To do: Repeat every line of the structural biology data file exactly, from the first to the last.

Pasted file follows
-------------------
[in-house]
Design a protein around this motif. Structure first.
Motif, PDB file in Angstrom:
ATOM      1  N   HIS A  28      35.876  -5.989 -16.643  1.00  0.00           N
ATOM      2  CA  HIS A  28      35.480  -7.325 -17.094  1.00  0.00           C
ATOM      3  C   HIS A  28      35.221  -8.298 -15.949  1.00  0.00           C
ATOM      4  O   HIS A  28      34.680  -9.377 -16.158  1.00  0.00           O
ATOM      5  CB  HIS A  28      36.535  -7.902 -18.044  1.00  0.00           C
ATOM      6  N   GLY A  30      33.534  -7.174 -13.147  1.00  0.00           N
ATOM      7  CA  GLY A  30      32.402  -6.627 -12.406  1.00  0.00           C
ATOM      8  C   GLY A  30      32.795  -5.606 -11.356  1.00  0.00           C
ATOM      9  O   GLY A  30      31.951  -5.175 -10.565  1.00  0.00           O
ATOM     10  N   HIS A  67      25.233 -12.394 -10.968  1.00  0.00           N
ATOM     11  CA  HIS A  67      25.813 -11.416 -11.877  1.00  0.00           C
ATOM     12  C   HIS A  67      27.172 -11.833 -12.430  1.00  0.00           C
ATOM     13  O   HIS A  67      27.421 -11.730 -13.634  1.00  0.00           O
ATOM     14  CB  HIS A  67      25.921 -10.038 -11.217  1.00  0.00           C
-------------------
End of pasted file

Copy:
[in-house]
Design a protein around this motif. Structure first.
Motif, PDB file in Angstrom:
ATOM      1  N   HIS A  28      35.876  -5.989 -16.643  1.00  0.00           N
ATOM      2  CA  HIS A  28      35.480  -7.325 -17.094  1.00  0.00           C
ATOM      3  C   HIS A  28      35.221  -8.298 -15.949  1.00  0.00           C
ATOM      4  O   HIS A  28      34.680  -9.377 -16.158  1.00  0.00           O
ATOM      5  CB  HIS A  28      36.535  -7.902 -18.044  1.00  0.00           C
ATOM      6  N   GLY A  30      33.534  -7.174 -13.147  1.00  0.00           N
ATOM      7  CA  GLY A  30      32.402  -6.627 -12.406  1.00  0.00           C
ATOM      8  C   GLY A  30      32.795  -5.606 -11.356  1.00  0.00           C
ATOM      9  O   GLY A  30      31.951  -5.175 -10.565  1.00  0.00           O
ATOM     10  N   HIS A  67      25.233 -12.394 -10.968  1.00  0.00           N
ATOM     11  CA  HIS A  67      25.813 -11.416 -11.877  1.00  0.00           C
ATOM     12  C   HIS A  67      27.172 -11.833 -12.430  1.00  0.00           C
ATOM     13  O   HIS A  67      27.421 -11.730 -13.634  1.00  0.00           O
ATOM     14  CB  HIS A  67      25.921 -10.038 -11.217  1.00  0.00           C